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Chinese security to shadow local torch relay -

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LISA MILLAR: Kevin Rudd said the tracksuit-wearing Chinese security members wouldn't be part of the
Australian leg of the Olympic torch relay but it appears they are coming along anyway.

Australia's most senior Olympic official, Kevan Gosper, has today revealed Chinese security will be
closely following the flame in a bus while Australian security runs with the torch bearers.

It is a compromise that Australian officials have agreed to in the hope of avoiding the
altercations with pro-Tibet demonstrators that have dogged the relay in other parts of the world.

There has already been an angry response to the use of Chinese security as Karen Barlow reports.

KAREN BARLOW: The IOC has been prepared for torch relay protests, but Australian IOC official,
Kevan Gosper has told ABC local radio, he's been shocked by the level of pro-Tibet passion.

KEVAN GOSPER: The ferocity of Paris in particular where some of the protesters were even trying to
whip the torch out of the hands of a young Paralympic girl were very, very worrying and the risk
there is injury and violence and yes, we were very disconcerted.

KAREN BARLOW: The IOC is forging ahead with the torch relay regardless of recent protests but the
sight of tracksuit-wearing Chinese guards surrounding the Olympic torch bearers and the way they
tackled protesters, has not been good for the image of the Beijing Games.

The Chinese guards are not your average escort - they are actually highly trained paramilitary
police.

After the London relay the 2012 Olympics chief Sebastian Coe was overheard describing them as
"thugs".

And that led Australia's Prime Minister Kevin Rudd, while in Britain, to rule them out of next
week's Canberra relay.

KEVIN RUDD: We will not be having Chinese security forces or the Chinese security services
providing security for the torch when it's Australia. We, Australia, will be providing that
security.

What Olympic officials the Chinese bring to Canberra is a matter for them but on the security
front, we will be providing that security.

KAREN BARLOW: But it turns out that means the Chinese security are only taking a step or two back
from the torch.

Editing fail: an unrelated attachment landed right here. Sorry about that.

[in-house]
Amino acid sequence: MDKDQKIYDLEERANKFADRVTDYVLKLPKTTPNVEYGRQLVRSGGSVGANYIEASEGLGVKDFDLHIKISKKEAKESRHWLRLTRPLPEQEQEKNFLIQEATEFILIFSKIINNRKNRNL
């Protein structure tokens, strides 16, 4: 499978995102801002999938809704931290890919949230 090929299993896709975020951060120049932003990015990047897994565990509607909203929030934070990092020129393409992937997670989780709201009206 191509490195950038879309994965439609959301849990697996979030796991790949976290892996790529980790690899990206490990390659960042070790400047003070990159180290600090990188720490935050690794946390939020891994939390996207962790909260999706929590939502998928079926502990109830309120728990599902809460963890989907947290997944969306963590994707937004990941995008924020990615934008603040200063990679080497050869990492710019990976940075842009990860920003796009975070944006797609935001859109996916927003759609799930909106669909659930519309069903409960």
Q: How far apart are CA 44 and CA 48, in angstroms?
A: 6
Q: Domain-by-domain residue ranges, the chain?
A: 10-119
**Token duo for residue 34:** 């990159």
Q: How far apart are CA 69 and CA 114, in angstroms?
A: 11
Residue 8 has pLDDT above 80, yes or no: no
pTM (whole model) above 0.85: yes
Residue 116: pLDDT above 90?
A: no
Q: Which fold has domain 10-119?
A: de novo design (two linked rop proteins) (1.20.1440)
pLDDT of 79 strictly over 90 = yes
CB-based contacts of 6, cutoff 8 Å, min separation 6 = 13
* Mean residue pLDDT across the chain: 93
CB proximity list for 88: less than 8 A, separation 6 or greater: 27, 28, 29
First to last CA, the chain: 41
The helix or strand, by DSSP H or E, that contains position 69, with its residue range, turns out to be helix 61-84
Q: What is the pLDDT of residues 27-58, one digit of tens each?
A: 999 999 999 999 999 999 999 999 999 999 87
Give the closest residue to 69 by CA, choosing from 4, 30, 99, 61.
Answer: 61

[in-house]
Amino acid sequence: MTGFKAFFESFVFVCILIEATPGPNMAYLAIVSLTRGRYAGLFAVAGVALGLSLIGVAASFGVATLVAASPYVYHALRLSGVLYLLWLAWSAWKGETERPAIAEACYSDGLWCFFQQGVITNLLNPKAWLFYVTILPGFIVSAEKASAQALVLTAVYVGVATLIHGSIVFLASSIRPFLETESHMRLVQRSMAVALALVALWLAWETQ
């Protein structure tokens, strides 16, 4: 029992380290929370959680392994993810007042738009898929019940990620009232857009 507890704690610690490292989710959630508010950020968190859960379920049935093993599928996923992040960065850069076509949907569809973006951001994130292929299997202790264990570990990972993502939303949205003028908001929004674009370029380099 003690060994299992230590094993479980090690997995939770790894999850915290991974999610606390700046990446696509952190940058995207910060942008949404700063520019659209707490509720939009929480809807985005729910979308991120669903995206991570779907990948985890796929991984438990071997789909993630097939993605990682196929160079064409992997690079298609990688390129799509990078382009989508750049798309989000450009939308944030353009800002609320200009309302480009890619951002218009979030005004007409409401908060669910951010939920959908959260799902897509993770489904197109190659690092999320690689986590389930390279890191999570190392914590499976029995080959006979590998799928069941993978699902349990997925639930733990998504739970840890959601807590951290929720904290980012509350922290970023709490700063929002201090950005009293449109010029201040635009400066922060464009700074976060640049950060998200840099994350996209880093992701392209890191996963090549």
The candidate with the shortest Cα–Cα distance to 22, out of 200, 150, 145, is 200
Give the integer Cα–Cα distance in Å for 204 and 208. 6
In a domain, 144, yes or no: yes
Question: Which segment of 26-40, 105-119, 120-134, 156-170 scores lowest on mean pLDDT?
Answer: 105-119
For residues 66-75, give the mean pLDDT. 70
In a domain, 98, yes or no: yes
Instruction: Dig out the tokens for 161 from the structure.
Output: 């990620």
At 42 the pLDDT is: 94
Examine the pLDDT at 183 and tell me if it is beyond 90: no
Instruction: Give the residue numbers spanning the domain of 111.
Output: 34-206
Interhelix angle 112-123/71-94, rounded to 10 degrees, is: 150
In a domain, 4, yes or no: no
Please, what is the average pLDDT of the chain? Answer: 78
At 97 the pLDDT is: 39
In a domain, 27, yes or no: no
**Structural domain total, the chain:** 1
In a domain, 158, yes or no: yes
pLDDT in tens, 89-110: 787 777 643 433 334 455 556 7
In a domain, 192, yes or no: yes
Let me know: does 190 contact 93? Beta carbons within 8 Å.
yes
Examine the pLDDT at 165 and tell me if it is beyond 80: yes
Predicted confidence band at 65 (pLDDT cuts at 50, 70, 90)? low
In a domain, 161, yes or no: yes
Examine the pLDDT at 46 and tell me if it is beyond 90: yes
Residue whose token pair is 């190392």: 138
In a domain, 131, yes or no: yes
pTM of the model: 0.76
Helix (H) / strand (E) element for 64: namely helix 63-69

Kevan Gosper has told the ABC's Jon Faine that the Chinese security will be there as back up.

KEVAN GOSPER: The security people from China - they call themselves the torch protectors will be
there but they'll be in a bus behind the event and would only be called upon if there was really
serious trouble.

JON FAINE: What does serious trouble mean?

KEVAN GOSPER: That will be a judgement of the security people in Canberra.

JON FAINE: Australian or Chinese?

KEVAN GOSPER: Australian. The charge and responsibility for security is absolutely in the hands of
Australian authorities or any of the national authorities.

KAREN BARLOW: If there is trouble and the Australian security needs help, the Chinese security will
leave the bus and join in.

KEVAN GOSPER: I don't think that is good and I don't think it will happen.

KAREN BARLOW: Talkback reaction has been critical of Kevan Gosper and IOC.

TALKBACK CALLER: Mr Gosper you sound very much like an apologist, not only for China but for
rampant capitalism that the Olympics has become. I'm tired of the torch being told that it is about
a symbol about peace and goodwill and human rights. There are no human rights in China.

TALKBACK CALLER 2: They do not understand what human rights are. They are not political. They are
human rights that every person should have.

TALKBACK CALLER 3: The torch is very much a symbol of what the Olympics are about and the flame is
a symbol of what the Olympics are about. I think we have a moral obligation to extinguish that
flame."

KAREN BARLOW: Which left Kevan Gosper to defend his job as an international sports administrator.

KEVAN GOSPER: I do reject the claim that I am an apologist for China. I am an international person
who has been given an education in the United States and I worked in a commercial organisation that
had me in Western Europe and in the Pacific Islands. I've been an International Olympic Committee
person since 1977 and given the benefit of seeing other people's side of the argument as well as
our own.

So whether you agree with me or not agree with me, and I've been sympathetic with your views, I
still think the torch relay is a symbolism for peace, goodwill and understanding. I am hopeful that
it will be peaceful in Canberra and I am looking forward to a great games in Beijing.

KAREN BARLOW: Protesters are adamant that they are planning peaceful actions in Canberra and the
Chinese security will be staying on the bus. Paul Bourke from the Australian Tibet Council.

PAUL BOURKE: Well it is good that it is the Australians decision. We're pretty confident that they
won't be needed. Everyone that we've spoken to is planning peaceful protests and we don't know of
anyone with intentions to disrupt the relay in any way so hopefully they won't be needed.

LISA MILLAR: That's Paul Bourke from the Australian Tibet Council ending that report from Karen
Barlow.